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Robin Parry is the husband of but one wife (Carol) and the father of the two most beautiful girls in the universe (Hannah and Jessica). He also has a lovely cat called Monty (who has only three legs). Living in the city of Worcester, UK, he works as an Editor for Wipf and Stock — a US-based theological publisher. Robin was a Sixth Form College teacher for 11 years and has worked in publishing since 2001 (2001–2010 for Paternoster and 2010– for W&S).

Wednesday, 20 October 2010

"In the End, God..." New special edition coming (very) soon


Cascade books are publishing a new special edition of John A. T. Robinson's little book, In the End, God . . . (first published in 1950; 2nd ed. 1968). This book has been very hard to get hold of for a long time (it was a fair few second hand book shops I had to hunt around in before I found a copy). Bringing it back has been one of my pet projects over the past few months. Now it is here looking more snazzy than ever.

Here are the details:
John A. T. Robinson, In the End, God . . .: A Study of the Christian Doctrine of the Last Things. Special Edition
Eugene, OR: Cascade, 2011
ISBN: 978-1-60899-983-5
RRP: $23


Here is the back cover blurb:

“Eschatology is the explication of what must be true of the end, both of history and of the individual, if God is to be the God of the biblical faith. All eschatological statements can finally be reduced to, and their validity tested by, sentences beginning: ‘In the end, God . . .’”
J. A. T. Robinson


The God revealed in Israel’s story is the Lord of history—a God with good purposes for his creation and a God capable of bringing those purposes to pass. All biblical eschatology arises from this fundamental theological insight. If God is this God then what shape must the future have?

John A. T. Robinson explores biblical eschatology with an eye both to the text and to contemporary culture. Revealing the foundation of eschatology to be the experience of God by the community of faith, he calls readers to embrace the eschatological vision of the Bible, but to do so in a way that is alert to its mythic character.

In the course of these explorations Robinson also lays bare his own theology of universal salvation. But, contrary to what one may expect, this universalism is one that seeks to take both human freedom and the reality of hell with the utmost seriousness.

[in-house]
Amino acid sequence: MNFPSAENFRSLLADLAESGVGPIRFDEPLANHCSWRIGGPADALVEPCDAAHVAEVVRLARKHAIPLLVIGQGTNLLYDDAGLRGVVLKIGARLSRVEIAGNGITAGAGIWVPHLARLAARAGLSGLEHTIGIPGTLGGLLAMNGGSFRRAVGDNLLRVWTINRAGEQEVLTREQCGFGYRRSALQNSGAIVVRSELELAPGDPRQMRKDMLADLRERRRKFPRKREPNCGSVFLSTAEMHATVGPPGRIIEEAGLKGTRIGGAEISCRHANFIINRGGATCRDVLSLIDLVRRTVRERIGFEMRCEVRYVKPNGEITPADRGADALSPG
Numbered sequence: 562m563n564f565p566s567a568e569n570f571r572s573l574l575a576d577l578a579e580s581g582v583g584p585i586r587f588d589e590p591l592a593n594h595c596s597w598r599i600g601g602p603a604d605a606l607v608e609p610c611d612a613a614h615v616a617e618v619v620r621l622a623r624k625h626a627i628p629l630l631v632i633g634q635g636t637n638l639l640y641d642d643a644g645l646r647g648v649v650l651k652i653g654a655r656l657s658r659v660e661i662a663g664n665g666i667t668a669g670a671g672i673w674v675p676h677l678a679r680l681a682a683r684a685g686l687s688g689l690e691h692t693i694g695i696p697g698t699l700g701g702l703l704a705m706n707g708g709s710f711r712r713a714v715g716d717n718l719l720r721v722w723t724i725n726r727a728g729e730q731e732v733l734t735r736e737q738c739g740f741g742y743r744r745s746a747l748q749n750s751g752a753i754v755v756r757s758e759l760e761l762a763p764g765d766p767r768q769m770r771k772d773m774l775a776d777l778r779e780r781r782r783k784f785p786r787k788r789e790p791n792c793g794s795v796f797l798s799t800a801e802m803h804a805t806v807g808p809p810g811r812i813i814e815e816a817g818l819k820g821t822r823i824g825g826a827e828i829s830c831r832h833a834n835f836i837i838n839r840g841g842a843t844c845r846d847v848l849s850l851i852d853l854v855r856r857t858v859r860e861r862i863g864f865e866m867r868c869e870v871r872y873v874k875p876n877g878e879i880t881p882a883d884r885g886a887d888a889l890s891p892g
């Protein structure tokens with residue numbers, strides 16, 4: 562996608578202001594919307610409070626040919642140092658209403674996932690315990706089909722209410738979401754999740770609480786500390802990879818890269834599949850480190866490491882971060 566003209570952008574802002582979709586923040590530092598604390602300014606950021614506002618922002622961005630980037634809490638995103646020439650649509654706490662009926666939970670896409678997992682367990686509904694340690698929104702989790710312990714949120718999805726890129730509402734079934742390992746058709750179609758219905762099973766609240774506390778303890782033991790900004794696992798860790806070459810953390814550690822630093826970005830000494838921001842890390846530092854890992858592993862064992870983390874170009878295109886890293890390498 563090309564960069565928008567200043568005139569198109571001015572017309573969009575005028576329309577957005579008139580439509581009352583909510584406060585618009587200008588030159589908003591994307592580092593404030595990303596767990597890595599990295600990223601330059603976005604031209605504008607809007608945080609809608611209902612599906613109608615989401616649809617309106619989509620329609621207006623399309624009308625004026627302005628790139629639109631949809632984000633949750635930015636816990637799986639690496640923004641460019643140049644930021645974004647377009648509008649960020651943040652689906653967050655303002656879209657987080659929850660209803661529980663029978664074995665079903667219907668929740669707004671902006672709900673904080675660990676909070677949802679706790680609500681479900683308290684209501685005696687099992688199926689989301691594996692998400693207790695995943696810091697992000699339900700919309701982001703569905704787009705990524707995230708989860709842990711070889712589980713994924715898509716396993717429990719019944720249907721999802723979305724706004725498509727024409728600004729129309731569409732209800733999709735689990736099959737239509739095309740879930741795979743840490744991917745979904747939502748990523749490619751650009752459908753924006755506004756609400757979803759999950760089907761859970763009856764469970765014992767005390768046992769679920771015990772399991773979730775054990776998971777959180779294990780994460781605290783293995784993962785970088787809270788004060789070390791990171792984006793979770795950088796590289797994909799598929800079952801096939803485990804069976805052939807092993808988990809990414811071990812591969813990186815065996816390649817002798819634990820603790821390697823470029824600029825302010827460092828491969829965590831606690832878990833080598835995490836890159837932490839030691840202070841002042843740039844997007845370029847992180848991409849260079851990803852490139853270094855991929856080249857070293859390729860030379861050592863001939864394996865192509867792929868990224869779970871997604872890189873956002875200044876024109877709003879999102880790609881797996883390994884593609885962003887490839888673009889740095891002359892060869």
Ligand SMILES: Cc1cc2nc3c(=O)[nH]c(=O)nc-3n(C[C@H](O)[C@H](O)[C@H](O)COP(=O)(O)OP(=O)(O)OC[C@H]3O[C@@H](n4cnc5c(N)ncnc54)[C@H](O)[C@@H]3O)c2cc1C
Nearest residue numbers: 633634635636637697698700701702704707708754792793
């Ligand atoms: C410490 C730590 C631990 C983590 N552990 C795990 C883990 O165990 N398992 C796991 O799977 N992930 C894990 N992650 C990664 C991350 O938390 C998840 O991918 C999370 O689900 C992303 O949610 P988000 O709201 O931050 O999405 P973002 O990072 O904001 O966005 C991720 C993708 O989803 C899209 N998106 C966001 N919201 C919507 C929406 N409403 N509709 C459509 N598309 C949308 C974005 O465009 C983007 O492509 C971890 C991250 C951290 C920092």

This special edition of John A. T. Robinson’s classic text also includes a debate between Robinson and Thomas F. Torrance (played out across three articles from the Scottish Journal of Theology in 1949), an extended introduction by Professor Trevor Hart (University of St Andrews, Scotland), and a foreword by Gregory MacDonald (author of The Evangelical Universalist).
"Of all Bishop Robinson’s writings, few, if any, are more enduring and timely than this clear articulation of the contours and christo-logic of soteriological universalism. A very fine introduction and profitable appendices also help to clarify what Robinson was, and was not, championing."
Jason Goroncy, Lecturer and Dean of Studies, Knox Centre for Ministry and Leadership, New Zealand

"A stimulating theological reading of Scripture that puts the doctrine of God at the heart of eschatology. Robinson's little classic, whilst not without its faults, still deserves serious consideration."
Gregory MacDonald, author of The Evangelical Universalist

John A. T. Robinson was a New Testament scholar who served as Bishop of Woolwich, England, and as Dean of Trinity College, Cambridge.

I don't agree with all Robinson's views (you'll be relieved to know) but I have read this book six or seven times and every time I find it thought-provoking and stimulating.

4 comments:

Anonymous said...

What a nice surprise!

I especially learned a lot from the last three chapters -- they were great!

re the debate between JAT and TF, it wasn't easy to follow.

Any chance you could summerize it for us -- or must we buy the book?

Robin Parry said...

The debate takes place across three articles so it is not easy to summarize. In brief, TFT thinks that JATR bases his case on philosophy rather than Scripture and fails to appreciate the irrationality of sin. He believes that JATR has grasped part of a truth (universal election) but has used to to underestimate the other side of truth (some may choose to reject their election and thereby damn themselves).
JATR replies, "No I don't."

Obviously it is more involved by that (and Trevor Hart's intro surveys the debate and makes some assessments of the arguments used).

Anonymous said...

Thank you Robin, that's a nice helpful summary.

Got me interested -- now I'm wanting to read Trevor Harts comments!

Anonymous said...

Don't know if you'll ever find this comment, Robin -- what with being so far down the scroll! Here's hoping.

I've heard it explained that the so called liberal wing of Church has stopped talking about hell, and in the process, has stopped talking about heaven too.

(((On the other hand, the so called conservative wing (hate these labels!) has tried to continue with a perceived "orthodoxy". They tried to continue with "everlasting" punishment for their doctrine of hell, but have suffered detractors who have opted for annihilationism. And now there are even "evangelical" universalists! ;)))

Back to the liberals: am I right in thinking that JAT Robinson, even back in 1950, was trying to get the liberals to take eschatology more seriously? He seemed to me to be saying, unless you have worked out the eschatology, you (liberals?) have a truncated Gospel.

ps at the moment, I've got Hanson's Aion/Aionios book out from Edinburgh NC Library, and guess what the old library sticker in the book says:

New College Library, Edinburgh
DEPARTMENT
OF
ESCHATOLOGY

Those were the days!!